British plant geneticists have revived a Victorian barley variety, and used it to brew a "heritage special bitter". The barley, called Chevallier, was revived from seed in the genetic resources unit of the Norwich-based plant research institute, the John InnesCentre. JIC scientists collaborated with Sunderland University's Brewlab to evaluate Chevallier - apparently it has "valuable disease resistance that can prevent contamination of grain with mycotoxins, which are a concern in the malting industry."
|The historic brew|
They went on to grow half an acre of the grain, which was floor-malted by Norfolk's Crisp Malting Group and then sent to Stumptail Brewery who turned it into a 4.7% nut-brown ale with "a rich malty flavour and a lasting bitter finish." The ale is being launched next Friday in Norwich, to celebrate the start of CAMRA's annual member's weekend in the city.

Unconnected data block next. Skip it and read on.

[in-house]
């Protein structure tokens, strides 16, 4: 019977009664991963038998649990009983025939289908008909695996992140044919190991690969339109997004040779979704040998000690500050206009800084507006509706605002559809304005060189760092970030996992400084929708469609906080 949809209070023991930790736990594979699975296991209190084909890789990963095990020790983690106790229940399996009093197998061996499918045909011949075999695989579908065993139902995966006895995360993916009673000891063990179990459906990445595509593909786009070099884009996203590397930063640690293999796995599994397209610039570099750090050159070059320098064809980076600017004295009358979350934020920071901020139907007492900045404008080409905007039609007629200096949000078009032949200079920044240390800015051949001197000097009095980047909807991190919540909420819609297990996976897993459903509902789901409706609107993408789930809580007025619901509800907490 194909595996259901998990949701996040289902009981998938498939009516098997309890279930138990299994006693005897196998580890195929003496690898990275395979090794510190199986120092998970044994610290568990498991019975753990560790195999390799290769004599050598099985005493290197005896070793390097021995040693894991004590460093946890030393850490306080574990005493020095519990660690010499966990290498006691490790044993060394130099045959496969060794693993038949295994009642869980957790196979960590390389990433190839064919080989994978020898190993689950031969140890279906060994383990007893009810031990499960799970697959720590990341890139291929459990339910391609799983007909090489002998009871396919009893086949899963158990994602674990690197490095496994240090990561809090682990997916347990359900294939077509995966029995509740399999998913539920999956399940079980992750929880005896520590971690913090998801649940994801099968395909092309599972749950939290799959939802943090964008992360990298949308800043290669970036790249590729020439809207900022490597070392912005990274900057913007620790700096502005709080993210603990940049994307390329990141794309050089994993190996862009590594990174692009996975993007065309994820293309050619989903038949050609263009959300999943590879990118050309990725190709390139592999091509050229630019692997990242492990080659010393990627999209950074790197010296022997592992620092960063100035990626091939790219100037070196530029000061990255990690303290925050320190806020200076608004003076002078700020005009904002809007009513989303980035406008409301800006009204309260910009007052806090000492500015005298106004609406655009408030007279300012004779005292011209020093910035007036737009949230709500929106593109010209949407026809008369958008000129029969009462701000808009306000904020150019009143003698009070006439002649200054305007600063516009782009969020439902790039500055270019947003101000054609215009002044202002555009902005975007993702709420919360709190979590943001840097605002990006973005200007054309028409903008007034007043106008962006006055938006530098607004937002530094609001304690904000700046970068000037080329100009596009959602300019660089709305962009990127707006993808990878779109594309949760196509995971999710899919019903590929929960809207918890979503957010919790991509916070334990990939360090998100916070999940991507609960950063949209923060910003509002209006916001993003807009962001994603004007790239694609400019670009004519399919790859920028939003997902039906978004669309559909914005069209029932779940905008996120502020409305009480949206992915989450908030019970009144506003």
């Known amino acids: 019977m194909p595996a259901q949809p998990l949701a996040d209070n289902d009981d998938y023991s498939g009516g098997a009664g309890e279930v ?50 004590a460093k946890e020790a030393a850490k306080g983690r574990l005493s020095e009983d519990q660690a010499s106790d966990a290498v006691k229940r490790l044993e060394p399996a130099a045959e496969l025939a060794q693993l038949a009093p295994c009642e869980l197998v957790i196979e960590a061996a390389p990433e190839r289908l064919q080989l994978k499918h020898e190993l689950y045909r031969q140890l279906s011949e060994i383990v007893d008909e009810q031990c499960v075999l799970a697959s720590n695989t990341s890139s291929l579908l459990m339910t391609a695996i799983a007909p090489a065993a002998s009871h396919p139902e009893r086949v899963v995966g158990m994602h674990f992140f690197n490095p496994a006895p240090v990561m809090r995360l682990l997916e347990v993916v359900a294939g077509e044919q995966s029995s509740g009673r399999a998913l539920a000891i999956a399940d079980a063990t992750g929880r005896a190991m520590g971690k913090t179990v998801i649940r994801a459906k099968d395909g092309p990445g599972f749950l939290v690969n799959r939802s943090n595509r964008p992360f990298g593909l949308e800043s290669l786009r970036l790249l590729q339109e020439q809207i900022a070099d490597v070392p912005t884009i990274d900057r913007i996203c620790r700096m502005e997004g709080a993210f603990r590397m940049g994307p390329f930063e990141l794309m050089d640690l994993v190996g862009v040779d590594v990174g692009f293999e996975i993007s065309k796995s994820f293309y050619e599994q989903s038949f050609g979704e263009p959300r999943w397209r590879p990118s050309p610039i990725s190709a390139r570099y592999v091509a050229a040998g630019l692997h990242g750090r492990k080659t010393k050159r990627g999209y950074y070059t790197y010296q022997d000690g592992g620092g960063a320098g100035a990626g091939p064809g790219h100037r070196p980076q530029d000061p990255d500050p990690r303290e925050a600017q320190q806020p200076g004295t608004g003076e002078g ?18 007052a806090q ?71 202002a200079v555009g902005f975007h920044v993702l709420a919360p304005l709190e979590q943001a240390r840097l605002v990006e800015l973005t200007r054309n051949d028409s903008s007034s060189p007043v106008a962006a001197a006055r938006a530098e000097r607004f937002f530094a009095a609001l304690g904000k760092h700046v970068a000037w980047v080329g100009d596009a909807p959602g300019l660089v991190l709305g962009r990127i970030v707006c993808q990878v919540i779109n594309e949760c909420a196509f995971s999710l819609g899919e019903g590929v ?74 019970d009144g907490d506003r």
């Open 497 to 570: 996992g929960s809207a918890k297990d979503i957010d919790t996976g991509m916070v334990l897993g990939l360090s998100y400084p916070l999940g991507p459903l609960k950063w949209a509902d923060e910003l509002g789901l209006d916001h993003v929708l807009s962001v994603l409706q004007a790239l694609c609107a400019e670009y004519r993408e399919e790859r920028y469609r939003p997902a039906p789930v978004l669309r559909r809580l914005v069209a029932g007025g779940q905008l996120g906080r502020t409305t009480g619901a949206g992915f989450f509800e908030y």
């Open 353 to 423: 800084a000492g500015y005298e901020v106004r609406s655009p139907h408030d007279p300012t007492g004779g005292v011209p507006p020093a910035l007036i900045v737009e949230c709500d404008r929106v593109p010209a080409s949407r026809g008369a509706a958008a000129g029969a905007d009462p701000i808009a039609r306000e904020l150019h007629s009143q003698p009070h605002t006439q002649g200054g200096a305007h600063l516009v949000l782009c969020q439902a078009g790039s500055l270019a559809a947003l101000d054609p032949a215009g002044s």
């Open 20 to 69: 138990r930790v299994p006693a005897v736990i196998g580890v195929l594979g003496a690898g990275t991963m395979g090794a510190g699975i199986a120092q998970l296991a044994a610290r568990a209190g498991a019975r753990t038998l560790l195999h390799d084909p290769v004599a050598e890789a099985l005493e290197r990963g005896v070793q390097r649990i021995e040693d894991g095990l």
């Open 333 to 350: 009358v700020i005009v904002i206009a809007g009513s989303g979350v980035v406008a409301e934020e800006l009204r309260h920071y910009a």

Old varieties are a rich source of new genes, and the JIC scientists revived Chevallier as part of a barley improvement project, said crop geneticist Dr Chris Ridout who lead the project. Historic records indicate that the variety produced premium quality malt and good yields.
"We wanted to find out how the variety performed, what the malt was like and how the beer tasted,” he said. He has now registered Chevallier as a conservation variety, and received a £250,000 grant from the Biotechnology and Biological Research Council (BBSRC) to explore its commercial potential.
Sadly I can't get to the CAMRA AGM, but maybe I will get a chance to catch up with this beer later. It's certainly a fascinating project - I think John Keeling of Fuller's said that when they started doing historic recreations, the closest they could get was a barley variety from the 1920s. The JIC work potentially takes us right back to the Victorian heyday of Porter.